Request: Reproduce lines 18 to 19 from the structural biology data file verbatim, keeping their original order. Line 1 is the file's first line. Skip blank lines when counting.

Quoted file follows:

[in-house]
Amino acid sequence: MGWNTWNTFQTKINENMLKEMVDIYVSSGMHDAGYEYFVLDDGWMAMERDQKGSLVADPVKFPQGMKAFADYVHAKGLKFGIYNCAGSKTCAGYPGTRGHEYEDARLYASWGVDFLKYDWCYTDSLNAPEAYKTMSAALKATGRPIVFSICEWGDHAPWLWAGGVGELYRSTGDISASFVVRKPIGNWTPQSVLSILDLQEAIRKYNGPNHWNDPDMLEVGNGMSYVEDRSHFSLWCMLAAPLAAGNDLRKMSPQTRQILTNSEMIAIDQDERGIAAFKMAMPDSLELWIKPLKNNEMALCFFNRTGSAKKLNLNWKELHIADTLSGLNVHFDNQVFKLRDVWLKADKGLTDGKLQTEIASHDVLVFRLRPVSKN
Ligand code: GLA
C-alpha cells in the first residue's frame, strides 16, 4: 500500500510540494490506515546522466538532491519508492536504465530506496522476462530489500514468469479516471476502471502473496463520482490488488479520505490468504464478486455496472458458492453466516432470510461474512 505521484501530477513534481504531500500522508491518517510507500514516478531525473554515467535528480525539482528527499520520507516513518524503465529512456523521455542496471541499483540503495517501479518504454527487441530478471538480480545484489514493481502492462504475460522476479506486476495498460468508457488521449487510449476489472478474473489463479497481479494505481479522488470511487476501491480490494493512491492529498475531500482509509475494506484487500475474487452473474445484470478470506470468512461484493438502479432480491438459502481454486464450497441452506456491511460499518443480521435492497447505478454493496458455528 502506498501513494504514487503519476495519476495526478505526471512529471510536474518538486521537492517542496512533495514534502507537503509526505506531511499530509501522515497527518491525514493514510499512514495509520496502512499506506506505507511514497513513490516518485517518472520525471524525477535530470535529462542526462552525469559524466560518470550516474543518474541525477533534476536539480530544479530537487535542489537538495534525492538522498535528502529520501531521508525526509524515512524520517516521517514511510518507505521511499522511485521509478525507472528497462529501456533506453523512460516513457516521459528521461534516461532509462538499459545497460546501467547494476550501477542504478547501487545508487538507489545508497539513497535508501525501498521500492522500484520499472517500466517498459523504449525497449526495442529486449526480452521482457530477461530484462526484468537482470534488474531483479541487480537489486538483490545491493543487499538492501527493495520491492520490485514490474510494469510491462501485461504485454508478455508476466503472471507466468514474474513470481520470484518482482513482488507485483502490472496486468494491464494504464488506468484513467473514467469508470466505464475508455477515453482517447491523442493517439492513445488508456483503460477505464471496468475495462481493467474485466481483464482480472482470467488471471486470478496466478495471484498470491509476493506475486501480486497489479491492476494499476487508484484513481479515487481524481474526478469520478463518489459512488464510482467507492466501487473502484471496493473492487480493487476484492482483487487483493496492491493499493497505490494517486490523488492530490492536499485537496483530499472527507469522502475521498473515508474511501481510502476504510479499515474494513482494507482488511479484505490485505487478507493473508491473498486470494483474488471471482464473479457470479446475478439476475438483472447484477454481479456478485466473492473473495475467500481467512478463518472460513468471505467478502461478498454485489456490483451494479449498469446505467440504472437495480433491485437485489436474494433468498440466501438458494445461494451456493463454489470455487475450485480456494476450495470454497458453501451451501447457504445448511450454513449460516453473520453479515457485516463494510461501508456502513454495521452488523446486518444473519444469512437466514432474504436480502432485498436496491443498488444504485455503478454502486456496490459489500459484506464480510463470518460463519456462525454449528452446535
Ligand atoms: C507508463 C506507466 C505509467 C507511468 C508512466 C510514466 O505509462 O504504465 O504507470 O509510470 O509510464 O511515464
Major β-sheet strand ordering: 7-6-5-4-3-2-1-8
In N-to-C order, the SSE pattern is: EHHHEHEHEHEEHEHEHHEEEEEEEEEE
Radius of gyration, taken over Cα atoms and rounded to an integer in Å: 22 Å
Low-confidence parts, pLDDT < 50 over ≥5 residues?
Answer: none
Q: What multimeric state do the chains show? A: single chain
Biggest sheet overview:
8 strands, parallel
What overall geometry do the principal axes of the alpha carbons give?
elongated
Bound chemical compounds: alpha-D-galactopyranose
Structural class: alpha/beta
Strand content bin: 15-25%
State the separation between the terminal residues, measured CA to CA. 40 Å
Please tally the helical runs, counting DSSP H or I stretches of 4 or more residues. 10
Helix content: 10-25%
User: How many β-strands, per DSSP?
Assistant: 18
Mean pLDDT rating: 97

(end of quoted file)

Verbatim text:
Strand content bin: 15-25%
State the separation between the terminal residues, measured CA to CA. 40 Å